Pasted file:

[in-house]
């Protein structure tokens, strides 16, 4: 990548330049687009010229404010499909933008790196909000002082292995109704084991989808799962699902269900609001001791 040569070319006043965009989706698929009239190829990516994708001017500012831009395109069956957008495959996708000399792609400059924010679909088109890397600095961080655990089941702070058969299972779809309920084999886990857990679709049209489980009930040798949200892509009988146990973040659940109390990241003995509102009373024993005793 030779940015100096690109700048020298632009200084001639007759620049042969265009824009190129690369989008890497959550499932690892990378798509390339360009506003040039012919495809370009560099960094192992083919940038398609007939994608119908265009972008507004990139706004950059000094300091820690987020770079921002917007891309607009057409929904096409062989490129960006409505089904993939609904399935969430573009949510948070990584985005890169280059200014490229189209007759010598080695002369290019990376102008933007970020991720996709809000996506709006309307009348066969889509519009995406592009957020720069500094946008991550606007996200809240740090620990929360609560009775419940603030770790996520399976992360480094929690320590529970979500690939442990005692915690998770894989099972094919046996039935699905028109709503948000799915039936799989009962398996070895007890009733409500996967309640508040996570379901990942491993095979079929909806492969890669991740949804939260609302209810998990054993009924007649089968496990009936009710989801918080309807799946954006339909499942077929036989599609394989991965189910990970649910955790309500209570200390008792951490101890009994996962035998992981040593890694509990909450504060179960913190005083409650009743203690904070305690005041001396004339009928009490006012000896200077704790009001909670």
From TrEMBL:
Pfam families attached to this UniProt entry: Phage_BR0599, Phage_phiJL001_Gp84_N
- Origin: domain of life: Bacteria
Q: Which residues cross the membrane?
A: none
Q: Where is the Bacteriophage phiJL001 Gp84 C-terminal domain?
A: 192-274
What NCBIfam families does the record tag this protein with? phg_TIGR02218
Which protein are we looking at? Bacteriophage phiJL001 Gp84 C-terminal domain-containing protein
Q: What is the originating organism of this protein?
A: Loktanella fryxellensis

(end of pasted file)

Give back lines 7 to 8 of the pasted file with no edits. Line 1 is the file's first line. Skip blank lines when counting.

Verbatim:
A: none
Q: Where is the Bacteriophage phiJL001 Gp84 C-terminal domain?